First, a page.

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Q28 : NRSV and Liberalism

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Q28 : NRSV and Liberalism

You state:

We respond to all sincere questions by those who are truly interested in learning. This is not intended as a forum for debate, but for edification and learning. If your question is of general interest, it may be edited and added here for the benefit of others.

Is there a forum for debate, or do you avoid this as you appear to avoid certain Bible translations (i.e. NRSV) and commentaries which you regard as "poison in the water" I read your website and gained the impression that you read and listen to those with whom you agree, and that you deliberately avoid conflicting or new points of view. Granted, God never changes, but have you considered that our collective understanding of God DOES change? Certainly, our comprehension of ancient languages changes, given that revisions of the Greek New Testament occur somewhat regularly with footnotes regarding questions of accuracy in the text due to variety among known manuscripts, both old and new. It occurs to me that a nearly 400 year old translation has little chance to be as accurate as a translation done in the last decade. To be sure, the quest for gender-neutral language and the appropriate placement of that language is problematic however it isn't the ONLY issue which should be considered when evaluating the accuracy of a particular translation. Perhaps you could re-consider your sweeping avoidance of all things labeled (by whom, I wonder?) as "liberal"

Don't forget, the Jewish leaders considered Jesus to be a very liberal threat to THEIR status-quo. Good thing, liberalism. It led to the formation of a new country a couple hundred years ago where people were free to practice religion in a manner free from government dictation or interference and where people are free to express themselves.

A28 : by Tony Garland

Our comments regarding Bible translations necessarily reflect our own personal opinions based upon our own limited use. We do not claim to be the final word on the suitability of various translations, but respond in good faith to those who have asked us for our opinions. Surely each man must own his own opinion and this is what we attempt to do for those who are interested. No doubt there will be some who disagree.

Regarding the benefits of new points of view and liberalism, I suppose it all depends upon one's definition of "new" and "liberal." Within modern Christianity, liberalism has come to mean the reinterpretation of that which was once believed in order to throw off the fetters of divine restriction in accordance with the sinful desires of humankind. This is not always the case, but in modern times such has been the pattern. In that case—where "new" means "novel" in a way which is not tied to the plain grammatical-historical interpretation of the text—we oppose such damaging trends.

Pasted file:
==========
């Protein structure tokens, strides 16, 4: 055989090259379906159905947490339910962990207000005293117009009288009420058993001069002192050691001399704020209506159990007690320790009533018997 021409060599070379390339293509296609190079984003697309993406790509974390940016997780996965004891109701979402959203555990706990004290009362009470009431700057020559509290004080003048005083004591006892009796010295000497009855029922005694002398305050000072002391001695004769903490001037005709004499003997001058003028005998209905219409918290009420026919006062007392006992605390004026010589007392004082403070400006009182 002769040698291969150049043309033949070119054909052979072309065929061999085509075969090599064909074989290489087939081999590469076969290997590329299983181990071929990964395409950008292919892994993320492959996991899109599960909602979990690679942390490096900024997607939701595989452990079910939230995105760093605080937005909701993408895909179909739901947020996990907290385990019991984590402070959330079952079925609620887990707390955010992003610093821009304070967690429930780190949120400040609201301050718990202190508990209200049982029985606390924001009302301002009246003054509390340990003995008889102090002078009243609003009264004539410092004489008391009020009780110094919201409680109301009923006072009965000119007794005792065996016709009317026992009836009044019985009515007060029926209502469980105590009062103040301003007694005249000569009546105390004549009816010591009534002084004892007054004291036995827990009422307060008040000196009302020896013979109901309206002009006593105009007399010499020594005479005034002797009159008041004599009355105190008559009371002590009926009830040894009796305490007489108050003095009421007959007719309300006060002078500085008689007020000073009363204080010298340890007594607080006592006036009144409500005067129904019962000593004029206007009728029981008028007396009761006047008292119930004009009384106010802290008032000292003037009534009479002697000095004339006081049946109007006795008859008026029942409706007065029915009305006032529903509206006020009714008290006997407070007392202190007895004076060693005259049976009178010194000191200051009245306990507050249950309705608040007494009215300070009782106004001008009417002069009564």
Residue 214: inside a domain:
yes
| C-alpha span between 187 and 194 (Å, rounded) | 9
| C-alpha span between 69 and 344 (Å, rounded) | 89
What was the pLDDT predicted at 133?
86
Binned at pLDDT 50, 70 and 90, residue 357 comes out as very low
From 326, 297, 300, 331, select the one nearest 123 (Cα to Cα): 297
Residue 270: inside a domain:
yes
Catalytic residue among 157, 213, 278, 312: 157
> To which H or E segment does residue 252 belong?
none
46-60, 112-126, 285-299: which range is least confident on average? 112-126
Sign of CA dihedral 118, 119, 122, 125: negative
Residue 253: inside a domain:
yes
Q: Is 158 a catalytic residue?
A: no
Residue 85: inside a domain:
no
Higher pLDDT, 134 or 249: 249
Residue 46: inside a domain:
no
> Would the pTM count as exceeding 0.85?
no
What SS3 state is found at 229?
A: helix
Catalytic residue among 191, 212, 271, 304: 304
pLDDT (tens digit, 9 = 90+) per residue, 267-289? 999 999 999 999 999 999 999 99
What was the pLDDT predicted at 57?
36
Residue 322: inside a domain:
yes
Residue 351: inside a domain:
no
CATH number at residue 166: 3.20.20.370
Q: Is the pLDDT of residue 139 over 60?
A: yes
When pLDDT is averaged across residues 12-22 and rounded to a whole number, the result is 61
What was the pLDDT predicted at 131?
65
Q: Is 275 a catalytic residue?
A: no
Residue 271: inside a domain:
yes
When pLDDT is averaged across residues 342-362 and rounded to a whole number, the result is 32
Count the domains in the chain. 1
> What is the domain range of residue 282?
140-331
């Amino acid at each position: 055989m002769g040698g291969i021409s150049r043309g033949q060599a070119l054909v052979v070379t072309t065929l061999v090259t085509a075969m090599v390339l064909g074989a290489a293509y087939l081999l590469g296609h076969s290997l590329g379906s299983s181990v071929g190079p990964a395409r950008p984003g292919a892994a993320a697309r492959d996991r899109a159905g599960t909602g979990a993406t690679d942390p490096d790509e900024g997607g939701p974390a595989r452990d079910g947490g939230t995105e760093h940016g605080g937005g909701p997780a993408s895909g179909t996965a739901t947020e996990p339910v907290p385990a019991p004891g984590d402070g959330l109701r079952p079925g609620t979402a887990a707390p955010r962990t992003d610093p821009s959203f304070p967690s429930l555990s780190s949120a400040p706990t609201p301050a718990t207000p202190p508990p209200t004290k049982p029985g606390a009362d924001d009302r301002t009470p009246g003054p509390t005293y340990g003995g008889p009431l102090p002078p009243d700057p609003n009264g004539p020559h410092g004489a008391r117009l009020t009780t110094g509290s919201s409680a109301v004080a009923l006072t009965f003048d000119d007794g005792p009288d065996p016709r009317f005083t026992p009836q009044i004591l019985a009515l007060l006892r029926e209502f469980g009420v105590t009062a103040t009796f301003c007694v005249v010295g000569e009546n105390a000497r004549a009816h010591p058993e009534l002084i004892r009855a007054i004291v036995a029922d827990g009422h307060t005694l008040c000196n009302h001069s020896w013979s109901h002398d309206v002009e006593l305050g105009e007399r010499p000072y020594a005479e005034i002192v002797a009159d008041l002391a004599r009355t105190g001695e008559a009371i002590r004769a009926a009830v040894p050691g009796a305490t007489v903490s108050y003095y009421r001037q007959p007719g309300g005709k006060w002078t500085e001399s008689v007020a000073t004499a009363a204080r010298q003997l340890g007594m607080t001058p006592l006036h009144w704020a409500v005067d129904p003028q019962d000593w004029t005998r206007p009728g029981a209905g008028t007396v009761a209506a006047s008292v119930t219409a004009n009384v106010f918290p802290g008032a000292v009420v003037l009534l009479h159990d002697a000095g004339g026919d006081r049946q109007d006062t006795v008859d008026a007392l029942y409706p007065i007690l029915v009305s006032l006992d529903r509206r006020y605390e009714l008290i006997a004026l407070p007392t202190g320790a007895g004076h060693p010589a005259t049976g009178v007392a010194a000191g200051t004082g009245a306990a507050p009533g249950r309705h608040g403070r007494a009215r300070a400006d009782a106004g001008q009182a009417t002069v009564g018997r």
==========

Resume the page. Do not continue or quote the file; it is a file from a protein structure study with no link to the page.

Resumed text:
In regard to the NRSV, it is our opinion that the motives behind translation decisions have less to do with the Hebrew and Greek text and more to do with political correctness and modern trends in society which would prefer to modify the original message of Scripture. That we are not alone in this opinion is clear from the citations we included in our discussion of this translationa.

In regard to the KJV being a 400 year-old translation: although we believe it to be an excellent translation which has stood the test of time, you will not find us championing it as some do. We prefer modern translations such as the NKJV and NASB for the reasons set forth in our Bible Versionsb topic in our Question and Answer section.

One of the beautiful things about our society is that each is free to choose from among the various Bible translations according to one's personal preference. If you prefer a translation such as the NRSV, so be it. But when people ask us our view, it is our duty to express the reservations we have with it and to let them decide for themselves.

As to our disinterest in debate, this stems from hard experience. First, we have very limited bandwidth and personnel to devote to interacting with the large variety and number of views which happen upon our site. Second, it has been our experience that extensive written dialog is neither efficient nor fruitful as a means of interaction. Third, we view our calling as expositing the Word of God to the best of our ability for those who are interested in our free resources. Time-consuming debate distracts from this goal so we elect to leave such apologetics matters to the many existing internet sites which sponsor forums for this purpose.


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